The billion-euro Biotech from Paris DBV Technologies just signed a €100M deal with Nestlé Health Science to develop a new diagnostic test of Milk allergies. This is the first deal of DBV and shows the potential of its technological platform. I had a chat with its COO David Schilansky to find out more…
DBV is one of the greatest French Biotech success-stories. It is developing a patch to treat peanut and milk allergies, has raised €345M ($410M) on the NASDAQ (IPO+follow-up) and is currently running its own Phase III with plans to market its test alone. You can discover more in my interview of its founder & CEO Pierre-Henri Benhamou here.
DBV has now announced that it has entered into an exclusive global collaboration with Nestlé Health Science for the development and, if approved, commercialisation of MAG1C – an innovative, ready-to-use and standardised patch-test for the diagnosis of Cow’s Milk allergy (CMPA) in infants.
The collaboration includes a €10M upfront and €90M in regulatory and sales performance, as well as a double-digits on every sales. This partnership is a great way for DBV to move into the diagnostic space with one of the most respective player of the field. For Nestlé, it’s a way to diagnostic better children and increase sales of its nutritional solutions tailor-made for food allergies/intolerances.
I was surprised to hear that you’re moving into diagnostic, but I guess you must be glad to announce such a partnership…
Yes, we’ve been working on this partnership for a while and this is a great news for the company. It shows that we are able to create value outside of our core focus.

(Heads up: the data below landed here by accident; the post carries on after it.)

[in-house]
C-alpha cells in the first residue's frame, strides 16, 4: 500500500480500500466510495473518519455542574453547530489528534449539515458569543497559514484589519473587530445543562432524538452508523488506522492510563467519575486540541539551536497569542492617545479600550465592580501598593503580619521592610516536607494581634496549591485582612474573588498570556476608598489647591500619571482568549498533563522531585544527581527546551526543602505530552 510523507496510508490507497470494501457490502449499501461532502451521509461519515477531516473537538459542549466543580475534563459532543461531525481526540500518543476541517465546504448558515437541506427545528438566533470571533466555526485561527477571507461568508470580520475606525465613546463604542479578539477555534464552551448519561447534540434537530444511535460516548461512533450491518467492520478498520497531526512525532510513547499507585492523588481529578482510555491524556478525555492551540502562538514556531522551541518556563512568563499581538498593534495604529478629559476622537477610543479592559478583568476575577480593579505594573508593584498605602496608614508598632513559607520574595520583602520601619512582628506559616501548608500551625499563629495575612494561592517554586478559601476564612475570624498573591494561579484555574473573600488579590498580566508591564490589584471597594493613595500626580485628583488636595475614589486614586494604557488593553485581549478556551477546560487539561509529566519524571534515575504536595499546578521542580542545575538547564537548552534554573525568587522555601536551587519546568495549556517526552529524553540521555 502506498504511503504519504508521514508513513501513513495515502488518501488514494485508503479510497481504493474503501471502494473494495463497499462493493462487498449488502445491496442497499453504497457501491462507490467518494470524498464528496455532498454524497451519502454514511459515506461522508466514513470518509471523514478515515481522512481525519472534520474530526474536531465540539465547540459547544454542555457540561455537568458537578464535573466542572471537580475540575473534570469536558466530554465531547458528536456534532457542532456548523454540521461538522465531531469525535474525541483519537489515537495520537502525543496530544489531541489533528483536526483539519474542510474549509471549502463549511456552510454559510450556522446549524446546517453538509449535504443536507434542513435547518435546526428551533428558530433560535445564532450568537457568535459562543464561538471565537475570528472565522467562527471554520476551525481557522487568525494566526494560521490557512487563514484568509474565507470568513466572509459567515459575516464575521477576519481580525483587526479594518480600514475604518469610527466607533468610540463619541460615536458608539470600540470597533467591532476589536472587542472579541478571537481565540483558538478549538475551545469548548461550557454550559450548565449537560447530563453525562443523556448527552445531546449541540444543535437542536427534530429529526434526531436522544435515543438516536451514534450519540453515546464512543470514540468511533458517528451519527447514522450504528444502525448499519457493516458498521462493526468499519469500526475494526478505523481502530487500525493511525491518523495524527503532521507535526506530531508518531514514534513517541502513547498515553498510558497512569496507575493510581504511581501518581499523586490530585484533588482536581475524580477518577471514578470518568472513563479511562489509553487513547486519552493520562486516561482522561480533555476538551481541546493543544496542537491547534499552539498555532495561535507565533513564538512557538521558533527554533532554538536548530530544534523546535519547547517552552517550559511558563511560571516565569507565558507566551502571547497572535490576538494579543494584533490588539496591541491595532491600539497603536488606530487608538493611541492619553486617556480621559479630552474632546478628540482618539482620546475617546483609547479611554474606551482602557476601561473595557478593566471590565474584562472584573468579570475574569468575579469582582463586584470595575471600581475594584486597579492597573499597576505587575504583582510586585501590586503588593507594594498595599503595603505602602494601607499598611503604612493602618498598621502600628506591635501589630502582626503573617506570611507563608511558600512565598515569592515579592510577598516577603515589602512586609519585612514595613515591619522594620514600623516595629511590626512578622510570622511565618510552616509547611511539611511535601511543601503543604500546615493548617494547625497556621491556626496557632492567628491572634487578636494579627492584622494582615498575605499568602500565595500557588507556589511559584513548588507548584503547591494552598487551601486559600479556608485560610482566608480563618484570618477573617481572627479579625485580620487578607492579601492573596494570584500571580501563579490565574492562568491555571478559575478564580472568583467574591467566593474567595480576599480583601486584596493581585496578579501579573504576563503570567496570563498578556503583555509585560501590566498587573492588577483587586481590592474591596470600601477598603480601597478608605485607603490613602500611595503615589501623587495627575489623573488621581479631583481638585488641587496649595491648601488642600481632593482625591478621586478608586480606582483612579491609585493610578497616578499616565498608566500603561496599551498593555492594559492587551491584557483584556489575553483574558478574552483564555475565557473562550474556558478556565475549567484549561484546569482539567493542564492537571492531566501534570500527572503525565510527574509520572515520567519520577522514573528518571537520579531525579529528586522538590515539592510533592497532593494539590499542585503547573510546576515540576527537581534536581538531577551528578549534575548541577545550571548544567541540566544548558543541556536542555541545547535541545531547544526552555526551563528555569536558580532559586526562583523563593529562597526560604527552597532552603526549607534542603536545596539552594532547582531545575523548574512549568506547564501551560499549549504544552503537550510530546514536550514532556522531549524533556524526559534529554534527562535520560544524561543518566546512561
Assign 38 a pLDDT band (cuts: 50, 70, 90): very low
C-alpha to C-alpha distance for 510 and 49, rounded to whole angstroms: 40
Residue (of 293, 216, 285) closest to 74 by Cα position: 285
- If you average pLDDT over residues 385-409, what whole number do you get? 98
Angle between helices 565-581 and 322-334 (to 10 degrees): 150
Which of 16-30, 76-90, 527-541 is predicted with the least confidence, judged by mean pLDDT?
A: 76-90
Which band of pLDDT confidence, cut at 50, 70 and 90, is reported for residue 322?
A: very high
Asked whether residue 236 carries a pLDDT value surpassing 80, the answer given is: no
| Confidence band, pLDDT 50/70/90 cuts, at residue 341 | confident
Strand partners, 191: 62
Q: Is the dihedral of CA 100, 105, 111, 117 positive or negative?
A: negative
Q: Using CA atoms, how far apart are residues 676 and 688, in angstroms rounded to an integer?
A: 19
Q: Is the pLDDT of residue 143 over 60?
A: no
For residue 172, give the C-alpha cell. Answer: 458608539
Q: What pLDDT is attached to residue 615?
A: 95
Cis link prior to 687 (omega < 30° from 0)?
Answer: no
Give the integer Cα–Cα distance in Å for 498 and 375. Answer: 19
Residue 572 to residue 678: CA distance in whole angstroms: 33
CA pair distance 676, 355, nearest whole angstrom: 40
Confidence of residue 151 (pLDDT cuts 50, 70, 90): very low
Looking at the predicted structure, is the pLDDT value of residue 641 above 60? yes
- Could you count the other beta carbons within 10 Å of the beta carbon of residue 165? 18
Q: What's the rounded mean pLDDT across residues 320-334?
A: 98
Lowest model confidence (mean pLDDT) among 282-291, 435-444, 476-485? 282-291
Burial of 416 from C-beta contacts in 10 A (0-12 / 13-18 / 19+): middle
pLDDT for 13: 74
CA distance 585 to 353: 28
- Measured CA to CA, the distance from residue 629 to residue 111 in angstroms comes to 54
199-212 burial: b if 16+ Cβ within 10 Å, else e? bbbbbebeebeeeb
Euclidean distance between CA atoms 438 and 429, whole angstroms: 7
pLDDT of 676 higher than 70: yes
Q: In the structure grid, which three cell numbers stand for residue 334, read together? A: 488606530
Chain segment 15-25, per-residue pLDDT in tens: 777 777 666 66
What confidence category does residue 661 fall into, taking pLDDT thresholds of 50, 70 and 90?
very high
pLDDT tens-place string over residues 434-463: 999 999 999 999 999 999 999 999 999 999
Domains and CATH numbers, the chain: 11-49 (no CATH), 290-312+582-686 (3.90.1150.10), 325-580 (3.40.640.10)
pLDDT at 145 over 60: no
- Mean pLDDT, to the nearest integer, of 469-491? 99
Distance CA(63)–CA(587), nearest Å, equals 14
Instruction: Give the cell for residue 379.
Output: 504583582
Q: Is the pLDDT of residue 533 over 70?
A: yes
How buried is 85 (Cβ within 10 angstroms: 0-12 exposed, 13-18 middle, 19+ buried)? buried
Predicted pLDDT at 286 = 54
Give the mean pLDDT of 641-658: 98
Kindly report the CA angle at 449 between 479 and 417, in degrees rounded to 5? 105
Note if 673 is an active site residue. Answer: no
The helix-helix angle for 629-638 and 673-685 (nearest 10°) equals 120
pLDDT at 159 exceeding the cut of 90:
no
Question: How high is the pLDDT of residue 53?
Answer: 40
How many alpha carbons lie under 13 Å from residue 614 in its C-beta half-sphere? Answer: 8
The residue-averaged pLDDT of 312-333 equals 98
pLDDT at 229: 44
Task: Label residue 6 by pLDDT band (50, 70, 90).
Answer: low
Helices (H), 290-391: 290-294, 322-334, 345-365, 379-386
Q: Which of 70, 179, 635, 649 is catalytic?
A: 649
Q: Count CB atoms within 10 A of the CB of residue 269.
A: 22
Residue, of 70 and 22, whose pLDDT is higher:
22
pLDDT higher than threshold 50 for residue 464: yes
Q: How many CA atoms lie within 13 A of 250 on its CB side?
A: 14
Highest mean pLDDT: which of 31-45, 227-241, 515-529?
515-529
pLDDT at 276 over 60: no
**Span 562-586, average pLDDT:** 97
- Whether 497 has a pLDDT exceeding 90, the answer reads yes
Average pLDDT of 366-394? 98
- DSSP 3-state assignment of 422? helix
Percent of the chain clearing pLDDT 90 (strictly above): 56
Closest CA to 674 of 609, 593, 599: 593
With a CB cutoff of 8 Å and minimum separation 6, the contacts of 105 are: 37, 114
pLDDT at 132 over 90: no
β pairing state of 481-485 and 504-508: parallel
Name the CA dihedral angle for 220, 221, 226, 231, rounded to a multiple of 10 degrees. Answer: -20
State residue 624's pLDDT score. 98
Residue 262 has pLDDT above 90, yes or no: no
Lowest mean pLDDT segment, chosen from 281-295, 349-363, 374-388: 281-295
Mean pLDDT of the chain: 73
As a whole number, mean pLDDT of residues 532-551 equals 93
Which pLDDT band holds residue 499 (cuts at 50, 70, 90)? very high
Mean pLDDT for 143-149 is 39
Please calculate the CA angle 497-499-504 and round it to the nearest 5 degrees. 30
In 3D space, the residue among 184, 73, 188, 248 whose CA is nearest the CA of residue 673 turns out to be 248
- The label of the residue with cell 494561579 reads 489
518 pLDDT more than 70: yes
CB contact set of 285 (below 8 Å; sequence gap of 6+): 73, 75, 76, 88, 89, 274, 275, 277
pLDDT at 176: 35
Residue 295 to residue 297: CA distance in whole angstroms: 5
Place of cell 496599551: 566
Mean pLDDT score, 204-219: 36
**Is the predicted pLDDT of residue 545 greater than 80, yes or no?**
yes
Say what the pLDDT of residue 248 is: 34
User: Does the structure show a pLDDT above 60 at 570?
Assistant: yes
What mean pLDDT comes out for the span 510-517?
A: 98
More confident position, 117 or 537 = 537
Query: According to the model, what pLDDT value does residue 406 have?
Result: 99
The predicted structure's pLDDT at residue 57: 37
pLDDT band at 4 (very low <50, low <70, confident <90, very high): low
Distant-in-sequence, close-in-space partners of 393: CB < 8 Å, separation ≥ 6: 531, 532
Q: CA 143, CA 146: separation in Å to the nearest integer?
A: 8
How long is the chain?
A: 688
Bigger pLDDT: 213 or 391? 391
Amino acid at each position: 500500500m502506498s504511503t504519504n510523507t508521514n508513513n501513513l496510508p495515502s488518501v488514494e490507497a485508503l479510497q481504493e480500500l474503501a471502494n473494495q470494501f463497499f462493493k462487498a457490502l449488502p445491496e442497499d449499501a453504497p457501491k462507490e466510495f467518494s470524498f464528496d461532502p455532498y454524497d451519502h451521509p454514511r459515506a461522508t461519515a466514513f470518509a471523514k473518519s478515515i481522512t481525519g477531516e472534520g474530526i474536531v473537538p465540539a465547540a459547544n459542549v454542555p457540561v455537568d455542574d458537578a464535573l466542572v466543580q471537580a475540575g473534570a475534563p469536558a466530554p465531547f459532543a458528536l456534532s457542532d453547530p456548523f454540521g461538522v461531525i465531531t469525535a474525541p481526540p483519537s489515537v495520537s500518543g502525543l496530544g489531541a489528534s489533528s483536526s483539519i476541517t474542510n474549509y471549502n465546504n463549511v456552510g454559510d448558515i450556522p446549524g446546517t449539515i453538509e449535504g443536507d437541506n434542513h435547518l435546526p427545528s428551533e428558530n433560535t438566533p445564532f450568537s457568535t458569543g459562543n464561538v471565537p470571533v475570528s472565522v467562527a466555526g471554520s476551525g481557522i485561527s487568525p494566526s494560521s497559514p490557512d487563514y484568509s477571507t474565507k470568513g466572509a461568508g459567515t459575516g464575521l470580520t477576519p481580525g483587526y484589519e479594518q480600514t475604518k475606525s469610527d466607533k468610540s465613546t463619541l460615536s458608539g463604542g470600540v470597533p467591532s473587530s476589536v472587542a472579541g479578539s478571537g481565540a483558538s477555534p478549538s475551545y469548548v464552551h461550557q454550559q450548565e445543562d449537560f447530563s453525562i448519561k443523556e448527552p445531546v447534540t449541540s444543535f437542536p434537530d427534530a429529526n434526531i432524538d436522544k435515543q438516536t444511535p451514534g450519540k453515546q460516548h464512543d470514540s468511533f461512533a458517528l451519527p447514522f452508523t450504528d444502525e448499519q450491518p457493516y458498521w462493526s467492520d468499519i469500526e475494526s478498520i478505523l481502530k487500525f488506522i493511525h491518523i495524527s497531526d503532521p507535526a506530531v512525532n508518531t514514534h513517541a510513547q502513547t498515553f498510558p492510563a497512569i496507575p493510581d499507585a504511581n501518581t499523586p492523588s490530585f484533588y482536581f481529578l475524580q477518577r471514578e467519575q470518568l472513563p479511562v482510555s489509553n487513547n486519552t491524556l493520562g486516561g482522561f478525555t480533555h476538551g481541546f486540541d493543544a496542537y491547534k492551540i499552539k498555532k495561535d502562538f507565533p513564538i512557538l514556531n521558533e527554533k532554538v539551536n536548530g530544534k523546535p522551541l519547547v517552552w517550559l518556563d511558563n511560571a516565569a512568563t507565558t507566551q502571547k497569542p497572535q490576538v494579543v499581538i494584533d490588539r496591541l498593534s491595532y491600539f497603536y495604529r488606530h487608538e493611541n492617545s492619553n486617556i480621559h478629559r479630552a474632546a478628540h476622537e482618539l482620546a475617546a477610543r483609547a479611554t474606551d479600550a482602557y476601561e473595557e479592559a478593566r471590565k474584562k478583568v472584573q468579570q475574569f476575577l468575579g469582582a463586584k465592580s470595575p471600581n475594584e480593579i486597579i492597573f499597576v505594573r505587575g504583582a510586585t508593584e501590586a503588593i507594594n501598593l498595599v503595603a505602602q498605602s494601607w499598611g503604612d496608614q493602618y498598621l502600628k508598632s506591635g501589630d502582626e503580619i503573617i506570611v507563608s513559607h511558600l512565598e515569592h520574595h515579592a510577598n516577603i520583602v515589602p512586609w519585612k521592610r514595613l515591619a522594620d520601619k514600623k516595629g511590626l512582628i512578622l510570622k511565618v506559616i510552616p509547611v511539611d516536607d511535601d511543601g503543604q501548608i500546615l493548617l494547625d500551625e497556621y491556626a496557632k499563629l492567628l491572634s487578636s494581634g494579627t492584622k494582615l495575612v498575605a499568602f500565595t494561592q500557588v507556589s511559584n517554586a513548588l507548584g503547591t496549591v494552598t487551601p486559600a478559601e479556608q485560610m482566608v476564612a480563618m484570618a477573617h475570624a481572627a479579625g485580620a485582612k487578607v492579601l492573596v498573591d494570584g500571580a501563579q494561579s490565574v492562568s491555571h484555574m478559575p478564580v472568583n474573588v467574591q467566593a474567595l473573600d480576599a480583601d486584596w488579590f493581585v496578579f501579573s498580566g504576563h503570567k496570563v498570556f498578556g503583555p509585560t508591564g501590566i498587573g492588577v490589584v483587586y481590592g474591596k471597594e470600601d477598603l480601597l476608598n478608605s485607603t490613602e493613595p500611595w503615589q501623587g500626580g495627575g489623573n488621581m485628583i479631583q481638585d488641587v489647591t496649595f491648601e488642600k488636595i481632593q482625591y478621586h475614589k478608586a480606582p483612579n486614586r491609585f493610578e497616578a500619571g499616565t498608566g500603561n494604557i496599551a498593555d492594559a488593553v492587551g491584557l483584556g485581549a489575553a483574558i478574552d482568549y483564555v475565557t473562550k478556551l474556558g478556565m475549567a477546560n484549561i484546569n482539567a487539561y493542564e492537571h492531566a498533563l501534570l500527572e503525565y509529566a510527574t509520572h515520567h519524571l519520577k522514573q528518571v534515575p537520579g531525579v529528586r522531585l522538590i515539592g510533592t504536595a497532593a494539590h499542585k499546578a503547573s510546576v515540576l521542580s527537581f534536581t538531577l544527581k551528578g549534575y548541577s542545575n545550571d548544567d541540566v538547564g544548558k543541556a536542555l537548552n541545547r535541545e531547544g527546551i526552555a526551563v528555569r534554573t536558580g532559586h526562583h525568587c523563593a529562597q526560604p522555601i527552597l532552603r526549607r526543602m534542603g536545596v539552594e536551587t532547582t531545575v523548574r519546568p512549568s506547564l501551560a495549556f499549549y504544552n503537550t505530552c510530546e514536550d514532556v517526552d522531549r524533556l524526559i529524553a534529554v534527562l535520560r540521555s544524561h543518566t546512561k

And more than just creating value, we are also demonstrating that we are able to attract one of the best player in the field: Nestlé Health Science.
I’m now curious to hear what are the origins of the partnership?
Surprisingly, DBV started in 2002 as an allergy diagnostic company with a product similar to the one involved in this partnership.
The goal was already to detect milk allergy in babies with a small patch, the problem being that only 10-15% of babies show signs of potential allergies (gastro eosphagial reflux, colics, eczema etc.).
We never performed the required Phase III because of our strategic shift toward treating allergies.
How will this new test differentiate from the first product then?
The diagnostic test that will be developed with Nestlé will benefit from the Viaskin cutting edge technology, while Diallertest was much more simple. This will make the test a pharmaceutical drug.
Thanks to our previous trials, we anticipate to be able to start directly a Phase III and to do so worldwide in 2018.
On the financial side, €100M seems small and big at the same time. What’s your view?
Well, 100 million euros is actually a very good deal in the diagnostic space. The dynamics and sales in that space are really different from an approved drug.
We will receive €10M upfront and then approximatively 2/3 thirds are to be obtained in development and regulatory milestones and the last third in commercial milestones.
DBV will be responsible for manufacturing the patch and Nestlé will be selling the product worldwide.
It was great talking with David, who joined the company 5 years ago when it counted only 10 employees. The Biotech now has 150 staff and over €300M in the bank. A totally another scale and possibilities, both in term of development and partnership. DBV is definitely a company to follow closely in the coming months.
P.S. What a pleasure to hear that David was a “fan” of Labiotech…
Feature Image Credit: David Schilansky (Credit: DBV Technologies – Edited by Labiotech.eu)